Dead leaves drift on the green, cloudy water that’s nearly to the brim of the six-million-gallon open concrete reservoir. Set on a tree-covered hillside, the reservoir is surrounded by a metal fence, like a community swimming pool long forgotten. It lies on the northern edge of the decommissioned Badger Army Ammunition Plant, a sprawling World War II-era ammunition factory 30 miles northwest of Madison, Wisconsin. Once one of the largest ammunition plants in the world, Badger is polluted by metals, solvents and explosives waste and is now being dismantled, piece by contaminated piece.
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Workers strip away siding from nearby buildings and remove bricks. Bulldozers push mounds of dirt and broken concrete blocks, while trucks mounded high with bent metal rods, window frames and other debris create a rush hour of demolition on the heavily secured grounds. The landscape is slowly becoming more open and green, the prairie reappearing from beneath the plant.
The reservoir is unremarkable from the surface. But underwater, it’s home to a surprising animal that has managed to survive in this inhospitable and unlikely habitat. Salamanders cling to the sides, bottom and drain gate of the reservoir and swim through the water. They aren’t just any salamanders. They are adult Eastern Tiger Salamanders—some of the world’s largest salamanders—and they are supposed to live on land. But these salamanders are swimming and living a fully aquatic life with feathery gills, wide jaws, and tail fins.
“We don’t know how long they’ve been in there, but probably a few decades,” says Mike Mossman, an ecologist with the Wisconsin Department of Natural Resources. “We think there’s more than a thousand of them now.”
Mossman is at the reservoir collecting eggs and hopefully a salamander or two for further study. The long rope attached to a buoy and several thermometers in the middle of the reservoir turns out to hold dozens of eggs, black dots stuck to the rope fibers in gelatinous, clear egg sacs. Mossman scrapes them into a plastic bottle, elated at his find and hopeful for what they may allow scientists to learn about these strange salamanders.
Herpetologist Gary Casper of the University of Milwaukee discovered the salamanders while doing a survey of the reservoir for the Army in 1993. “I didn’t know what I had found at first,” says Casper. “We had no idea how uncommon these larval characteristics, like gills, were in the Eastern tiger salamander at the time.”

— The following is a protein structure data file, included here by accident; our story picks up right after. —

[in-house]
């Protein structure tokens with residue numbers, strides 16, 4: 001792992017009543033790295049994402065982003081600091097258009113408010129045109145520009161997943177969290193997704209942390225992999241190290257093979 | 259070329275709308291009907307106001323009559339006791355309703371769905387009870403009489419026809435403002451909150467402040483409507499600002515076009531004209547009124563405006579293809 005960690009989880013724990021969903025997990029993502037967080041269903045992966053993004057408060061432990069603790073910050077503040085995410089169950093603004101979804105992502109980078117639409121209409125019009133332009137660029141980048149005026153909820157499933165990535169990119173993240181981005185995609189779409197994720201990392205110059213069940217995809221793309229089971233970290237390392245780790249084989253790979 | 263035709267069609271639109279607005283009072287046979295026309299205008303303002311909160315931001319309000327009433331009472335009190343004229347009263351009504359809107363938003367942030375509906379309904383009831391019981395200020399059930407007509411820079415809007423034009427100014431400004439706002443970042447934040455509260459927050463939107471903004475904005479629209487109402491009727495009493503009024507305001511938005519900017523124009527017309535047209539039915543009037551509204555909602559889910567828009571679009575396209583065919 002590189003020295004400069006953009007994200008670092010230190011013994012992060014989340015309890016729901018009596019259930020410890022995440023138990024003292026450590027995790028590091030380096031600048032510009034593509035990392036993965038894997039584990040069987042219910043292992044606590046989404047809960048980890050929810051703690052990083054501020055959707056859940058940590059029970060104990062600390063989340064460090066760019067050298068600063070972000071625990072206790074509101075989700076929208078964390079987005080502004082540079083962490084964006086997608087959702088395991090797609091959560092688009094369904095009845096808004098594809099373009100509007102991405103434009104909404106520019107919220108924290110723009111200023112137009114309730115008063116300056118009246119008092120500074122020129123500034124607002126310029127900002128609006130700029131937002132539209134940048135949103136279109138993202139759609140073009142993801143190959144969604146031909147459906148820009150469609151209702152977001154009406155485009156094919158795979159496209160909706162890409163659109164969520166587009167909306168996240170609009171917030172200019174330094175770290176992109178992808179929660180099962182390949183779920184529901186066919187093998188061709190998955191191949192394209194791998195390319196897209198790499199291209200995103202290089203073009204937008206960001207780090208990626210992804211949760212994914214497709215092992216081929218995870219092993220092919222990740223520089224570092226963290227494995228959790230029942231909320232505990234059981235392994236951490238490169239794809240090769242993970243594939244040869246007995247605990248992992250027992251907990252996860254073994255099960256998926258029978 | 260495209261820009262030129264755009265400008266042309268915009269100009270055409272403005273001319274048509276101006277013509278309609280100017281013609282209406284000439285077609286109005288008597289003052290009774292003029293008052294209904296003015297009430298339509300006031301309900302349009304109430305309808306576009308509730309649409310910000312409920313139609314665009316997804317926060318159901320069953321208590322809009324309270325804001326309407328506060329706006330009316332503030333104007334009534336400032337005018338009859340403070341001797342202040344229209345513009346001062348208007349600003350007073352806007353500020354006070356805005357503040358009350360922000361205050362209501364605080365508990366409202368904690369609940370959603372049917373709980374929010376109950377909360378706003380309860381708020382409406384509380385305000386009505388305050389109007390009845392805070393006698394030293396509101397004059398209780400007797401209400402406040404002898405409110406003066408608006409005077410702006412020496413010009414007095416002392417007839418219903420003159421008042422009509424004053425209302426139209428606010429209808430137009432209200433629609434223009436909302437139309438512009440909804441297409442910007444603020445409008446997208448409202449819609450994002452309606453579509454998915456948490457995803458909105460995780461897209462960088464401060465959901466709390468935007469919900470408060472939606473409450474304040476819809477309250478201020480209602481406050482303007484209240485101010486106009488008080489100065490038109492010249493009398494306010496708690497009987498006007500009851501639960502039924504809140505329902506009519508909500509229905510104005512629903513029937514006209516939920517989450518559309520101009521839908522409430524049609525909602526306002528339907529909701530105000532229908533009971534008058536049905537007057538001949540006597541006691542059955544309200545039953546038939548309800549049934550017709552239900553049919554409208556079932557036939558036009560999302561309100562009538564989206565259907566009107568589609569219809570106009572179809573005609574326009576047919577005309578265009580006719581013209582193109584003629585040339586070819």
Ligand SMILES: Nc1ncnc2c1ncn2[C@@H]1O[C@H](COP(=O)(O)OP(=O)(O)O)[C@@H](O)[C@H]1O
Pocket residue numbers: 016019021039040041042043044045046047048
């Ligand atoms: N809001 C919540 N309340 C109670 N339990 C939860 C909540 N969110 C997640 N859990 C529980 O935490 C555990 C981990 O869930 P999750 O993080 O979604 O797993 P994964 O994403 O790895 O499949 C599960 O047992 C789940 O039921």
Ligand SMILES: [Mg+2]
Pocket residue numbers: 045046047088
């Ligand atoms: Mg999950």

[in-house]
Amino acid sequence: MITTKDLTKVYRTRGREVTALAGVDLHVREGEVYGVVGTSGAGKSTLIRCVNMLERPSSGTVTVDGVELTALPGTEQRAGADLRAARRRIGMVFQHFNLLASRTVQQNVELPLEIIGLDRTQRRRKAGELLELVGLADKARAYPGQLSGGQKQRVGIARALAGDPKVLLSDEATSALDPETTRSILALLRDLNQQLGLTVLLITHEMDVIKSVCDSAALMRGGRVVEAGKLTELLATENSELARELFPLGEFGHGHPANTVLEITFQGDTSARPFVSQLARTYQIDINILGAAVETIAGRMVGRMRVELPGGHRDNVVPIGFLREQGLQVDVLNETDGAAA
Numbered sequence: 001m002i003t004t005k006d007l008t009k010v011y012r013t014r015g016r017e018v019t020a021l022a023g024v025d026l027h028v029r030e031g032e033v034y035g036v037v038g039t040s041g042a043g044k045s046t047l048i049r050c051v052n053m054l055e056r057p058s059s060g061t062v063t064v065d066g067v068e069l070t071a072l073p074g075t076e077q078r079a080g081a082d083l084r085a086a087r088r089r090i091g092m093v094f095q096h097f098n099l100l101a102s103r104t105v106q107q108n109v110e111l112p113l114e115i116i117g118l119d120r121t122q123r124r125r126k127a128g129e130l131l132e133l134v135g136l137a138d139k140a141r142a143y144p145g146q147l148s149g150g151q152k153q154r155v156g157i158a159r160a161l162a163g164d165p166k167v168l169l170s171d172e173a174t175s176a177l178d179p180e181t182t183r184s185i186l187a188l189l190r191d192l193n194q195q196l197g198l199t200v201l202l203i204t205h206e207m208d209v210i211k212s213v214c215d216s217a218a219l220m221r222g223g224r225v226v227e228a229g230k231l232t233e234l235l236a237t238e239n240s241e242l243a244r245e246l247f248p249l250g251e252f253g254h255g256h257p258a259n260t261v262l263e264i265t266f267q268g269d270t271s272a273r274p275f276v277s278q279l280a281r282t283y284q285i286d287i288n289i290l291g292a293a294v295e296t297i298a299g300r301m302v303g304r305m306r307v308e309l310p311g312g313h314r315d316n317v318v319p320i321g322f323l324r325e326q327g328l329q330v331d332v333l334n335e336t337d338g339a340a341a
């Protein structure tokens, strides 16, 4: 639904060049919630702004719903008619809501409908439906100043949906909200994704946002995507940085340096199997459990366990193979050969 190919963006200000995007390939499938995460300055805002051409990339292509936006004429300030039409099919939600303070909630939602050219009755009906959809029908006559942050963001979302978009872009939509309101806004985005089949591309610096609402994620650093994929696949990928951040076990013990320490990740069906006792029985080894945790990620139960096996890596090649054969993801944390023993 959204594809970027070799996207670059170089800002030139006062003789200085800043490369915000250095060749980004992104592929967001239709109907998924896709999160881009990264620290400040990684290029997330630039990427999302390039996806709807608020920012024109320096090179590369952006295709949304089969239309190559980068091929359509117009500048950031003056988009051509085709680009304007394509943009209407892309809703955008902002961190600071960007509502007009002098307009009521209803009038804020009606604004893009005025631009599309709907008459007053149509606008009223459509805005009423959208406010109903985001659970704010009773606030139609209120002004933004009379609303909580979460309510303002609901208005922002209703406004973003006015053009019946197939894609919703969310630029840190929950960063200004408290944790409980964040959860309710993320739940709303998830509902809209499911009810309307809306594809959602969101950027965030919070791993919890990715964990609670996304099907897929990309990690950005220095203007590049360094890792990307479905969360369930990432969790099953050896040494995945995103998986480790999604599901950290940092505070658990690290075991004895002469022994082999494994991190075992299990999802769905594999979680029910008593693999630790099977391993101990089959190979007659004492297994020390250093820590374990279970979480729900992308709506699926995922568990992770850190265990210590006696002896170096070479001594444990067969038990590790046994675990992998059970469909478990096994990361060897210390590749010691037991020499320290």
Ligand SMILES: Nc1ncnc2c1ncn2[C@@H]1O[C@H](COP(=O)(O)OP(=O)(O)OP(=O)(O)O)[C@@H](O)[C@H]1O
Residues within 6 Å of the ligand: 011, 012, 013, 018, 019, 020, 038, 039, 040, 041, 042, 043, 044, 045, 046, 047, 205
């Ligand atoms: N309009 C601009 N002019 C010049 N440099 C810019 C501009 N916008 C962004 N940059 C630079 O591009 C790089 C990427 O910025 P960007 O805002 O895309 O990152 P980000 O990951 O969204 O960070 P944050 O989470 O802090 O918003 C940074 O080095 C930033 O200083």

Ever since, Casper and other researchers from the Army and the state Department of Natural Resources have been trying to determine how these normally terrestrial animals have managed not only to survive but to thrive underwater.
But now time is running out for the salamanders, and scientists are rushing to study and possibly find a new home for them before the reservoir is drained.
Amphibians, such as frogs, toads and salamanders, lay eggs in water, even though most species spend the majority of their adult lives on land. The eggs hatch and develop into larvae—tadpoles in frogs and “efts” in salamanders. But occasionally amphibian development takes an odd turn. Sometimes larvae mature to a reproductive stage without undergoing the normal process of metamorphosis for a land-based adult life. This condition is called “neoteny.” They never lose their gills, tail fins, larval skin coloration and wide heads. They also never leave the breeding pond. This seemed to be exactly what happened to the Badger salamanders.
The open reservoir at Badger provided easy entry for the salamanders looking for a place to lay eggs, but a seven-inch-wide lip prevented them from getting out. Stuck in the reservoir, the breeding salamanders laid eggs and likely died. When their eggs hatched, any of the offspring that metamorphosed into the usual, land-dwelling form also died, unable to swim for long in the deep water. But somehow, others managed to survive by becoming neotenic.